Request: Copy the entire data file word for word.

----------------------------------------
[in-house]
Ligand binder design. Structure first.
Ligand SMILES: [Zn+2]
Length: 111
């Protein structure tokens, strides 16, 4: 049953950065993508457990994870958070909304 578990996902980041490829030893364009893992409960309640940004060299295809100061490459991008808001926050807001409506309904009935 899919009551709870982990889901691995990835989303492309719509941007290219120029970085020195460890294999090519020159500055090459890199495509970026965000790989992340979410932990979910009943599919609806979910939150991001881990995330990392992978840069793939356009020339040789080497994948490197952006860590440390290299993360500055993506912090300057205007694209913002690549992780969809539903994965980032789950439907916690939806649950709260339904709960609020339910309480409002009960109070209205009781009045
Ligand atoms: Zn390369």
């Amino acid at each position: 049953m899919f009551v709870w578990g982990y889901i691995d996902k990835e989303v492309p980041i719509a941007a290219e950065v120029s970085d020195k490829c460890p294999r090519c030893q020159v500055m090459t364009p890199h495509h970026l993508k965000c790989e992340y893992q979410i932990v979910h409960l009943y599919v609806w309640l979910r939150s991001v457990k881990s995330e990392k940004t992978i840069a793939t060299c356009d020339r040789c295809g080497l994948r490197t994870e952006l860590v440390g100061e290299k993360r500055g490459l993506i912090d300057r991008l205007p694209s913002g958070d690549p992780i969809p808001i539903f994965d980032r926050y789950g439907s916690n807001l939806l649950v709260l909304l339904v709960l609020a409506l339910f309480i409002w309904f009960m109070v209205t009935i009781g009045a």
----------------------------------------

[in-house]
Ligand binder design. Structure first.
Ligand SMILES: [Zn+2]
Length: 111
């Protein structure tokens, strides 16, 4: 049953950065993508457990994870958070909304 578990996902980041490829030893364009893992409960309640940004060299295809100061490459991008808001926050807001409506309904009935 899919009551709870982990889901691995990835989303492309719509941007290219120029970085020195460890294999090519020159500055090459890199495509970026965000790989992340979410932990979910009943599919609806979910939150991001881990995330990392992978840069793939356009020339040789080497994948490197952006860590440390290299993360500055993506912090300057205007694209913002690549992780969809539903994965980032789950439907916690939806649950709260339904709960609020339910309480409002009960109070209205009781009045
Ligand atoms: Zn390369």
């Amino acid at each position: 049953m899919f009551v709870w578990g982990y889901i691995d996902k990835e989303v492309p980041i719509a941007a290219e950065v120029s970085d020195k490829c460890p294999r090519c030893q020159v500055m090459t364009p890199h495509h970026l993508k965000c790989e992340y893992q979410i932990v979910h409960l009943y599919v609806w309640l979910r939150s991001v457990k881990s995330e990392k940004t992978i840069a793939t060299c356009d020339r040789c295809g080497l994948r490197t994870e952006l860590v440390g100061e290299k993360r500055g490459l993506i912090d300057r991008l205007p694209s913002g958070d690549p992780i969809p808001i539903f994965d980032r926050y789950g439907s916690n807001l939806l649950v709260l909304l339904v709960l609020a409506l339910f309480i409002w309904f009960m109070v209205t009935i009781g009045a």